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each spectrum is in the order of a few seconds. For our settings, the spatial resolution of the EELS maps is determined by the pixel step width (3 - 6 nm). The energetic resolution of our experiments as defined by the full width at half maximum of the zero loss peak (ZLP) is 0.18 eV on the gold structures and 0.15 eV on the Si 3N4-membranes. For post-processing, each spectrum is first normalized to its total number of counts. Afterwards, the ZLP is centered at 0 eV in each case.

Fig. 1. (a) HAADF image of a typical SRR fabricated by EBL. (b) Geometry of the SRR assumed in the DGTD calculations. (c) Mesh of the SRR for the coarsest refinement. (d) HAADF image of the corresponding CSRR. (e) Geometry and (f) mesh of the CSRR used in the calculations. The scale bars are 200 nm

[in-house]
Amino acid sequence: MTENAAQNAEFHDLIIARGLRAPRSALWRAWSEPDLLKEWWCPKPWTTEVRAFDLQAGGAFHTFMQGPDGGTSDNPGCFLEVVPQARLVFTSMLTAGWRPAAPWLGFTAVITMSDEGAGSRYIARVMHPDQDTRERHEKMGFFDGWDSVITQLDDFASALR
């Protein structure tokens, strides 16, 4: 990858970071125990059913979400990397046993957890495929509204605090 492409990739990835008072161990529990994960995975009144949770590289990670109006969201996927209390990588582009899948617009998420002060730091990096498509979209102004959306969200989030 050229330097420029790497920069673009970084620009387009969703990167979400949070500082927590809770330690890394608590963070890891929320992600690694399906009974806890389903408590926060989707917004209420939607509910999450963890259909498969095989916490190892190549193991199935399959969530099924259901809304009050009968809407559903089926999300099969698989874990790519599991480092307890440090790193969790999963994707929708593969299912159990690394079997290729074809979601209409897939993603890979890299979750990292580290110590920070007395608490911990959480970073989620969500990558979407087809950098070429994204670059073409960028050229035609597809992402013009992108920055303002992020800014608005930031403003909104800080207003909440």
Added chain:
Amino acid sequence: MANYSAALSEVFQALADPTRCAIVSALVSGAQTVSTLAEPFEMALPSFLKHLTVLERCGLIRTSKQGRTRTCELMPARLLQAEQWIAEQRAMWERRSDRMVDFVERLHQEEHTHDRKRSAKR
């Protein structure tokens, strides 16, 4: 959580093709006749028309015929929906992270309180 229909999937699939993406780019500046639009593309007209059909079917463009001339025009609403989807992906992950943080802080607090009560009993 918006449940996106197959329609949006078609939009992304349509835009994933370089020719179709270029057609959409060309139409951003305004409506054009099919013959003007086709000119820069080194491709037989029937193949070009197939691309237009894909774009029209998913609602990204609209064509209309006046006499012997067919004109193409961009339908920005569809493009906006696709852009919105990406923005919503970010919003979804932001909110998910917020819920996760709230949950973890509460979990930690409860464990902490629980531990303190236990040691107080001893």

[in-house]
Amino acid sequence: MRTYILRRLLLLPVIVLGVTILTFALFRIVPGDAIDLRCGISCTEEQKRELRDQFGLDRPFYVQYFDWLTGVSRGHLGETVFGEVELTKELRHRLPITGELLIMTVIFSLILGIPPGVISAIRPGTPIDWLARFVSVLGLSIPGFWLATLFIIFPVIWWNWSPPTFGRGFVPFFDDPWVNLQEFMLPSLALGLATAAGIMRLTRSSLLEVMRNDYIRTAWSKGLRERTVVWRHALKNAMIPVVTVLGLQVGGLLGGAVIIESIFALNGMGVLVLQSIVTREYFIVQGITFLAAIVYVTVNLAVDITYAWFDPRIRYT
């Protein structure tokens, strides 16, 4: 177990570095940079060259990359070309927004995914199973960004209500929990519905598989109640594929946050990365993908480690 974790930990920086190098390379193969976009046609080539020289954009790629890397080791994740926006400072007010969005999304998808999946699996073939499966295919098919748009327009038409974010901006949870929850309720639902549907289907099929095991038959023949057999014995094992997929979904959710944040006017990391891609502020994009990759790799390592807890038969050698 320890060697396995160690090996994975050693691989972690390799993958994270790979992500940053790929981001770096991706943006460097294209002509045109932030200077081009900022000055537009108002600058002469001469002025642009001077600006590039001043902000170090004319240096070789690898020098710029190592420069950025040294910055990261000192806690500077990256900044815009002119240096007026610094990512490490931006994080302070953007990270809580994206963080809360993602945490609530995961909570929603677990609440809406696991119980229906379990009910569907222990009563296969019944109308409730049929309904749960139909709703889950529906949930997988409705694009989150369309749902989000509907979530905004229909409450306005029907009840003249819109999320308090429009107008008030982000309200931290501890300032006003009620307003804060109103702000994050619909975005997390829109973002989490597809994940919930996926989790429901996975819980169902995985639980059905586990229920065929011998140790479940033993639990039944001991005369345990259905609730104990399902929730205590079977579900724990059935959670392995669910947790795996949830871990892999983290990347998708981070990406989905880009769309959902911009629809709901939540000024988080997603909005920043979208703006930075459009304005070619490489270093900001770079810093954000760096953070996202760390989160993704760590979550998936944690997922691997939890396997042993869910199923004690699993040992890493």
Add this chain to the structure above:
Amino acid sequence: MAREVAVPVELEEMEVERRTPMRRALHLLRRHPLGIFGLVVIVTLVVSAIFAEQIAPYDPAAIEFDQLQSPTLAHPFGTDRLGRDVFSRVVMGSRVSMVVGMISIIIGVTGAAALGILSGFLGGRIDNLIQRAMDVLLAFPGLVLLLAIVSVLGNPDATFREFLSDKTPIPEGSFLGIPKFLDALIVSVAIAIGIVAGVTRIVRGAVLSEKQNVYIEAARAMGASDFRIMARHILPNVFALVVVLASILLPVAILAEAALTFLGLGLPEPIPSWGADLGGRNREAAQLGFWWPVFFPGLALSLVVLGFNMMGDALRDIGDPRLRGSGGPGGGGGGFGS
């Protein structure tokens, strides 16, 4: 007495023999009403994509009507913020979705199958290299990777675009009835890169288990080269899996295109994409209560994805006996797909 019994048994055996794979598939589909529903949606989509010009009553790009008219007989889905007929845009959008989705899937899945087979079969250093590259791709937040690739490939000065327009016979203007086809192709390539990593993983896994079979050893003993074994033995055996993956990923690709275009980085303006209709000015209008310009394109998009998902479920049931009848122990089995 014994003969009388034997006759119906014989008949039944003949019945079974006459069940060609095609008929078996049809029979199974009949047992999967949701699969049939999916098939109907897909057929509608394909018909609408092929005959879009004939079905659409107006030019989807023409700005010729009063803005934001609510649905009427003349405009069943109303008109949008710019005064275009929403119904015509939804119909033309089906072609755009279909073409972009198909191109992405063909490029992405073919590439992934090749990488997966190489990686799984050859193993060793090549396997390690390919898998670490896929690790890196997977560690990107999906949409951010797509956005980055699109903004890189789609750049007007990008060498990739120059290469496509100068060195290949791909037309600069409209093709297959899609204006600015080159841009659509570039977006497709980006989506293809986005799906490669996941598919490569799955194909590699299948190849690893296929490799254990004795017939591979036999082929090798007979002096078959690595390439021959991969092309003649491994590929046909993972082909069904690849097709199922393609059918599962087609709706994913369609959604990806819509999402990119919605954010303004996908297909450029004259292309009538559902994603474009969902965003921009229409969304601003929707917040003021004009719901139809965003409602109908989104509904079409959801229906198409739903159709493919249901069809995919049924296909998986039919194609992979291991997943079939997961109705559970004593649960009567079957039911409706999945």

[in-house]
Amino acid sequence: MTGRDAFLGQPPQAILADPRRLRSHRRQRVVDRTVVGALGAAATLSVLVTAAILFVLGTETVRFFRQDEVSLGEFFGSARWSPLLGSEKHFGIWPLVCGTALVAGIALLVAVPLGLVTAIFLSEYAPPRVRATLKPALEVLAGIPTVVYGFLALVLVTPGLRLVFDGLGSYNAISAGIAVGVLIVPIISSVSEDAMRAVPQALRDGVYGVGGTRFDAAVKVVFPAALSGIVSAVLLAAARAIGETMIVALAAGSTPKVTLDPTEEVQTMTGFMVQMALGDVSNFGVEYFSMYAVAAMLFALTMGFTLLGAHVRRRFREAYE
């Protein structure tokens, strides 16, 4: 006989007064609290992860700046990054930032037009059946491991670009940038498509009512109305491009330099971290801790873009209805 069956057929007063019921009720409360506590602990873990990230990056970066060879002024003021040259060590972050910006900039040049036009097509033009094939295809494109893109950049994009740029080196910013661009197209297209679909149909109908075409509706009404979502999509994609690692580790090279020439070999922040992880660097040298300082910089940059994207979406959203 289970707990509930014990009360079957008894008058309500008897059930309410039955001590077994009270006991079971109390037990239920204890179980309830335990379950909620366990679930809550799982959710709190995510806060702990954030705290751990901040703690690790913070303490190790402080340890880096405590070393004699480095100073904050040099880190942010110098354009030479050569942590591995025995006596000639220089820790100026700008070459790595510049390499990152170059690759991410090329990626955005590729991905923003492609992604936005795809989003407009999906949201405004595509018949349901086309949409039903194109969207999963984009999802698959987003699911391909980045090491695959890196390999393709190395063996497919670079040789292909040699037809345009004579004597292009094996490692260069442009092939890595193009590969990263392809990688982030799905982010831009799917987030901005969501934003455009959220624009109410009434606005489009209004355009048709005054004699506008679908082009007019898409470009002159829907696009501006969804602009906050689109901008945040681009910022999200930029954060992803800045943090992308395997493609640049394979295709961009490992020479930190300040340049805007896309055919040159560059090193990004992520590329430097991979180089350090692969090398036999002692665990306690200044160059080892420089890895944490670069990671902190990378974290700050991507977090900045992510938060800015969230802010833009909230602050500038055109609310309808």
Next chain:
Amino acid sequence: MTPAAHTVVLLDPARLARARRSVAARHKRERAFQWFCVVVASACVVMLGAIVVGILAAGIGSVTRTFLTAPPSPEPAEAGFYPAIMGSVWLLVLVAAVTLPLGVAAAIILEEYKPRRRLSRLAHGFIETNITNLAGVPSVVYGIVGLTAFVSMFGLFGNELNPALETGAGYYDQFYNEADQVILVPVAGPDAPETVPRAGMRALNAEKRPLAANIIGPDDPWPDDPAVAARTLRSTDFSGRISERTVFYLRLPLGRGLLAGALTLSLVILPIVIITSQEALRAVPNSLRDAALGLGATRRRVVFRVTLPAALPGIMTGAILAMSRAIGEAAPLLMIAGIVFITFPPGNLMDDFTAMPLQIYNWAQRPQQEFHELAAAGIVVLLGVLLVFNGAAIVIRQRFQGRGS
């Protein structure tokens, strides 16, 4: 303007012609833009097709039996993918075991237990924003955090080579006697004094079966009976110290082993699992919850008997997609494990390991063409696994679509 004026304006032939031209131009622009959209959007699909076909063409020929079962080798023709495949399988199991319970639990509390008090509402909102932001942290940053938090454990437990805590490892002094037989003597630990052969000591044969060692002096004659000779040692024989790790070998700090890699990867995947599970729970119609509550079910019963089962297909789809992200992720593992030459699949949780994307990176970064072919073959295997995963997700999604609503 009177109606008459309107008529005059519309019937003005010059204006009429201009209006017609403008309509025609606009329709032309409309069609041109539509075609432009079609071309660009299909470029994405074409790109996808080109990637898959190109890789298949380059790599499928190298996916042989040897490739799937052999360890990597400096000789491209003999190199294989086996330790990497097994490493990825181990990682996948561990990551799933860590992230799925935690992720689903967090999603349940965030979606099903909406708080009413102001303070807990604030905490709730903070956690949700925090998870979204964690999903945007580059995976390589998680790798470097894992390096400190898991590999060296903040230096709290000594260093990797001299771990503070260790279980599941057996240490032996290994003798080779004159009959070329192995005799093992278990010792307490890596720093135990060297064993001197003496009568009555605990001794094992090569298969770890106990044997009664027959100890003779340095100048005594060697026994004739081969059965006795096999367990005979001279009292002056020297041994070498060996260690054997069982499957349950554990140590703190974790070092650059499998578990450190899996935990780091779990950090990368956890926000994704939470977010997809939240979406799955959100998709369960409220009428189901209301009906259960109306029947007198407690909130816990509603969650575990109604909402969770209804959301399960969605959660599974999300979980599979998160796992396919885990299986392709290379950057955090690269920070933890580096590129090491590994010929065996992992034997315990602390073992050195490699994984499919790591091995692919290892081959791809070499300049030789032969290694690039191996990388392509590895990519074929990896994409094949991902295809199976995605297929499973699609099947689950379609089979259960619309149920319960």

In order to compare our measurements with theory, we also perform numerical ab-initio calculations of the electron energy-loss spectra. Since the near fields of plasmonic nanostructures are highly sensitive to the geometrical details of the system, one needs a simulation technique which allows to accurately model the rounded geometry of the SRR and CSRR (see Figs. 1(c) and 1(f)). For this work, we employ a nodal discontinuous Galerkin time-domain (DGTD) method [22,23], which is well suited for the efficient and accurate simulation of plasmonic nanostructures [24,25]. Very recently, it was demonstrated how to extract electron energy-loss spectra from DGTD calculations [26]. For all numerical calculations in this paper, we follow the procedures described in [26] with the exception that we use a pure scattered-field excitation instead of the total-field/scattered-field source originally proposed. This allows us to calculate electron energy-loss spectra for electron beams penetrating the plasmonic nanostructures. Since the DGTD method is a time-domain approach, we need to employ a suitable material model to describe the dispersive response of gold [25]. For all calculations in this paper, we use a Drude-Lorentz model given by